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A gallant Exploit.

A correspondent of the Petersburg Express, writing from Burntville, Brunswick county, June 30th, gives the following account of the capture of a Lieutenant and thirty-one privates of the Yankee cavalry, by a Confederate officer and six citizens, armed with shot guns only:

‘ On the evening of Wednesday, the 22d instant, a party of Yankee cavalry, numbering thirty-two men, passed through the neighborhood of Red Oak, in Brunswick, and stopped at Mrs Nancy Mason's. Here they found Captain G D White, of the Boydton cavalry, who has been at home on furlough in consequence of a dangerous wound, received while gallantly leading his men in the right at Gettysburg. Capt White was on a visit to Mrs Mason, who is his grandmother.

’ The Yankees called Captain White from the house, and threatened to take him along with them as their prisoner; but not having a spare horse, the Lieutenant in command (a scamp named Brooks, and a renegade from Halifax county, Va.,) gave him a verbal parole, which Captain White said he would not regard, and which he did not, as the sequel will show.

This party of roving Yankees, camped that night a few miles from Mrs Mason's, and early next morning Capt White collected six of the neighbors and went in pursuit of the marauders. He followed them some distance unperceived, and finally they halted at Mr James Elmore's to feed their horses, as well as themselves.

While the Yankees were awaiting a breakfast which they had ordered Mr Elmore to cook, Capt White was in sight, maturing his plans for their surprise and capture. He stationed his company of six mounted men several hundred yards off in a lane, at the further slope of an eminence, and in such a manner as to present the appearance of a front rank of cavalry force. They were two abreast, and really looked as appearances would seem to indicate. Capt White then made a circuit so as to avoid being seen by the enemy, and dashing boldly up to the party defiantly ordered a surrender, or he would cut them to pieces in a moment, at the same time pointing to the head of what seemed to be a squadron of cavalry.--Overwhelmed with surprise and panic stricken, the Valliant Brooks asked for time to consult his men. Capt White replied that there was no time for parley. He would not grant a moment, but that they must stack arms in the road, and march immediately up to the Dixie boys, or the Dixie boys would march to them. Lieut Brooks immediately compiled, and stacking arms marched up to Capt White's formidable body of cavalry.--Upon finding that they had surrendered to six citizens, armed only with double-barrel shot guns, their mortification was great, but it was too late to retrieve their misfortune. They were so far from their arms that Capt White and his men, being mounted, could have killed half of them before they could have fallen back many paces, and then have speedily dispatched the balance by first gaining access to their carbines and pistols.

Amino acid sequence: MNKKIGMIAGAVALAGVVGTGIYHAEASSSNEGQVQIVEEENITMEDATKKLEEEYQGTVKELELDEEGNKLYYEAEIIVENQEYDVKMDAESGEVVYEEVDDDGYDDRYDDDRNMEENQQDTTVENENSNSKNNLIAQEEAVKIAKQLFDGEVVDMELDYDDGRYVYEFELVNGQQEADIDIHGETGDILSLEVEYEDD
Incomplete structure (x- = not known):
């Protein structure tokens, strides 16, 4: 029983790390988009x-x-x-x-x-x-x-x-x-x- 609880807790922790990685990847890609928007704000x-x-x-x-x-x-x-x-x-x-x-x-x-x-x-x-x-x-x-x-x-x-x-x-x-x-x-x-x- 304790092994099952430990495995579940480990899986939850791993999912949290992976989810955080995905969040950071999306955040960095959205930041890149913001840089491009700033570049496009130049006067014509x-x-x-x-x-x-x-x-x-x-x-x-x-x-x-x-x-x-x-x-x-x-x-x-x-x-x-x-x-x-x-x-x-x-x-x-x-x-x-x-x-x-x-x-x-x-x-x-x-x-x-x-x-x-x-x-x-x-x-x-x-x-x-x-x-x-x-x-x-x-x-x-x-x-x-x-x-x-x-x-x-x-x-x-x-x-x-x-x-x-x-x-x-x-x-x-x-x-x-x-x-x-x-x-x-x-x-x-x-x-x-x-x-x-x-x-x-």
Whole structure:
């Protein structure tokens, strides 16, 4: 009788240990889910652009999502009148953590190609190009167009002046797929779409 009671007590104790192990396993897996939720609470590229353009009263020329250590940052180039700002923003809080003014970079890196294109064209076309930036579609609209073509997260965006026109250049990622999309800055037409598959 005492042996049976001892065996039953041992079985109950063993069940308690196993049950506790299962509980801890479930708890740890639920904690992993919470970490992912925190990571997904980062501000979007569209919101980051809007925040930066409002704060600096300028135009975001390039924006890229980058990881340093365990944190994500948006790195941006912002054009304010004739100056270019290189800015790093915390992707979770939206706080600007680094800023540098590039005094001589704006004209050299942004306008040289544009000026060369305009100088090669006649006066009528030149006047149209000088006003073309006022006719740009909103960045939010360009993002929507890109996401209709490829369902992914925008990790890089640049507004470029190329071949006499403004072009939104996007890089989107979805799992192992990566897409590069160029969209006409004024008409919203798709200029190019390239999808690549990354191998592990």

The situation of affairs was seen at a glance.--They had been outgeneraled, and the only after native was to submit. The commanding officer shed tears, (I hope they were tears of bitter repentance for the invasion of his native State,) and the ireful Yankees threatened vengeance to Capt White and his little squad if they were ever liberated. But no one fears their threats. They are ere this all safely shipped to Georgia, where I hope they will have time allowed them for further repentance.

This successful little affair happened most opportunely for the brave Captain White, who had so far recovered from his wound that he had determined again to return to the army. For several weeks he has been endeavoring to purchase horses, but could not find suitable ones. Now, however, since the Yankees have kindly supplied him with as fine horses as any in the State, we may soon expect to hear more of the gallant exploits of this deserving young officer. He and the six Dixie boys, who shared with him the honors of this most extraordinary capture, deserve the thanks of the State, and especially of this section. But for this timely arrest the thirty- two vandals would have inflicted incalculable damage upon many of the unarmed people of Brunswick, and perhaps of Lunenburg and other counties.

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